INDIANAPOLIS — The news of Billy Gillispie's firing was all the talk at the NCAA Tournament's Midwest Regional in Lucas Oil Stadium.
The move drew a wide variety of responses from national media covering the event.
ESPN.com columnist Pat Forde, who previously wrote for the Courier-Journal in Louisville, said there was no way to have predicted Gillispie's ouster back in January.
"I was shocked that it fell apart this fast," Forde said. "One minute, they're 16-4, 5-0 in the SEC, and you're thinking Sweet Sixteen. The next thing you know, they're in the NIT and firing (Gillispie). It's wild."
UK Athletics Director Mitch Barnhart and President Lee Todd cited Gillispie's inability to deal with the public component of his job as a large reason for his dismissal. Forde said it became clear that Gillispie didn't fit the mold.
"There's no doubt that the Kentucky job requires a unique person," he said. "Obviously Billy didn't have the main characteristics it took to be successful. It's a hard job, but they pay you a lot of money. He screwed up the opportunity of a lifetime."
Two former Wildcats, Larry Conley and Kenny Walker, said they understood the the school's need to make a move. The two were not in Indianapolis but were contacted by phone.
"I'm one of those, if it's not the right match, it's better to go ahead and end it," Conley said. "I wish him the best. I hope he gets a chance to go someplace that will be the right spot for him. I do think he is a good coach."
"It's a shame," Walker said. "If he would have been just a little bit better guy, a little easier guy to deal with, I think he would have deserved another year. But (public relations) is a big, big part of the job. You wonder how much that was discussed with him when he got the job. You also wonder about the background check (UK) did. It seems like there should have been some things that raised some red flags."
But several in the national media said Gillispie got a raw deal.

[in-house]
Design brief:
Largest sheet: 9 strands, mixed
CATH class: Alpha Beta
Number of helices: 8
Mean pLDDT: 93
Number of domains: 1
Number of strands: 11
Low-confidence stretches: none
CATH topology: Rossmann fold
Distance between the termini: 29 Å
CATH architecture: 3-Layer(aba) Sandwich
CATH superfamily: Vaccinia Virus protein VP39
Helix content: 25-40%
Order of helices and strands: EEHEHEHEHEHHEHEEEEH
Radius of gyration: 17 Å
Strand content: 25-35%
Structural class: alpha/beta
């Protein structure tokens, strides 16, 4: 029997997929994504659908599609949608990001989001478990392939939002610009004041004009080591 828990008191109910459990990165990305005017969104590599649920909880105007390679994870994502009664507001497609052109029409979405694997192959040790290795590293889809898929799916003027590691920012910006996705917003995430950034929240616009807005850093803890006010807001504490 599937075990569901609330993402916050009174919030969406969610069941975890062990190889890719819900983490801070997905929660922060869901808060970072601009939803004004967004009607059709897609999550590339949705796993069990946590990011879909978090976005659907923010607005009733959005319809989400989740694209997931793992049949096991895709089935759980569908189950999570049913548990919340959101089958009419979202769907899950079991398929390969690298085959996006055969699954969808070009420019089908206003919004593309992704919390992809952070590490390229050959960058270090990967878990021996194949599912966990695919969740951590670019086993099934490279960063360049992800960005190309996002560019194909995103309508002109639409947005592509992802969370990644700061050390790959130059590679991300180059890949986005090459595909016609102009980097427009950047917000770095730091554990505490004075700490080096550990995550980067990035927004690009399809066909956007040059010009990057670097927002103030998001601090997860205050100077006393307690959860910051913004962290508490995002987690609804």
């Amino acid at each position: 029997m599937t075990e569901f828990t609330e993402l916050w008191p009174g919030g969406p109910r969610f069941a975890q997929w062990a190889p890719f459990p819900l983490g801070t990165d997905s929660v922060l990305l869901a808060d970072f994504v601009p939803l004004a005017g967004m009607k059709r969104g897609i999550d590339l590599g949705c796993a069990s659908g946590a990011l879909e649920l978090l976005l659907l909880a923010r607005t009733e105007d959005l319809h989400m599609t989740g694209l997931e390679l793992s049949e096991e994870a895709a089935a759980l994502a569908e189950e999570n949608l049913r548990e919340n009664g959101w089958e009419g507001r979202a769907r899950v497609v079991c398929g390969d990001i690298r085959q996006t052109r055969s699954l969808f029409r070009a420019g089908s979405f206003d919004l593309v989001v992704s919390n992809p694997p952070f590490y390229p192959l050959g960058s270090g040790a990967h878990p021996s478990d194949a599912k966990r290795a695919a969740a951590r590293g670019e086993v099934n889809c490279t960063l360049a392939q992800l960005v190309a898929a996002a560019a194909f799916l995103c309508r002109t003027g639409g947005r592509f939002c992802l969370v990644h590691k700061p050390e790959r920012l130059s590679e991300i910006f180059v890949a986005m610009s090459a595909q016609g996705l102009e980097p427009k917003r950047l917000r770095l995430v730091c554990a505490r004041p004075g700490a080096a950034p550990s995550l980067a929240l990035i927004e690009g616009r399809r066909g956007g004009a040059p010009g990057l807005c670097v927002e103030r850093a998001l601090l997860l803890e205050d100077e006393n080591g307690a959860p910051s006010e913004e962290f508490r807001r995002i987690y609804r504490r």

"What Billy said at the SEC Tournament about all the things that weren't in his job description, that was a misdiagnosis," Sporting News columnist Mike DeCourcy said. "But to make a huge issue of how he picked apart an ESPN sideline reporter, that's entirely ludicrous."
"It's a panic move," Sports Illustrated's Andy Staples said. "I disagree with the whole 'fit' thing. I know that's a major issue at Kentucky, but 'fit' is only an issue if you're not winning games. Is Nick Saban a good fit at Alabama? Not necessarily, but he's a good fit because he's winning games."
Gillispie had occasional run-ins with the media, but DeCourcy said he had had positive experiences with the ex-UK coach.
"For all the evidence you can give about how he mistreated people, I can give you direct evidence that he was more than generous with his time and that I enjoyed interacting with him," DeCourcy said. "You hear all these stories, you don't know if they're true, or if someone has a story to tell because they're not happy about going to the NIT."
All of the national media interviewed agreed that Barnhart and Todd have to share a large part of the blame in the failed Gillispie experiment.
"It's a two-way street," Forde said. "It's up to the administration to make a proper character evaluation on a coach."
DeCourcy, who lives in Cincinnati, questioned whether Barnhart should be involved in the decision-making process to find a new coach.
"I think it's a problem that the people who are doing the firing are the people who hired the guy in the first place, and now they're being allowed to hire the replacement," DeCourcy said. "Something about that doesn't add up."
Walker suggested the school get a multi-member search party to come up with the right fit.
"I think they ought to take some pressure off of Mitch," Walker said. "Kentucky basketball is a big thing, and asking one person to carry that whole weight (of finding a coach) is a lot to ask. I'd like to see them have six, eight people, get a lot of viewpoints, and make sure nothing gets overlooked. If they are not going to make a grand slam hire in the next day or so, they need to do a thorough search, really look and see who is out there."
Herald-Leader staff writer Mark Story contributed to this article.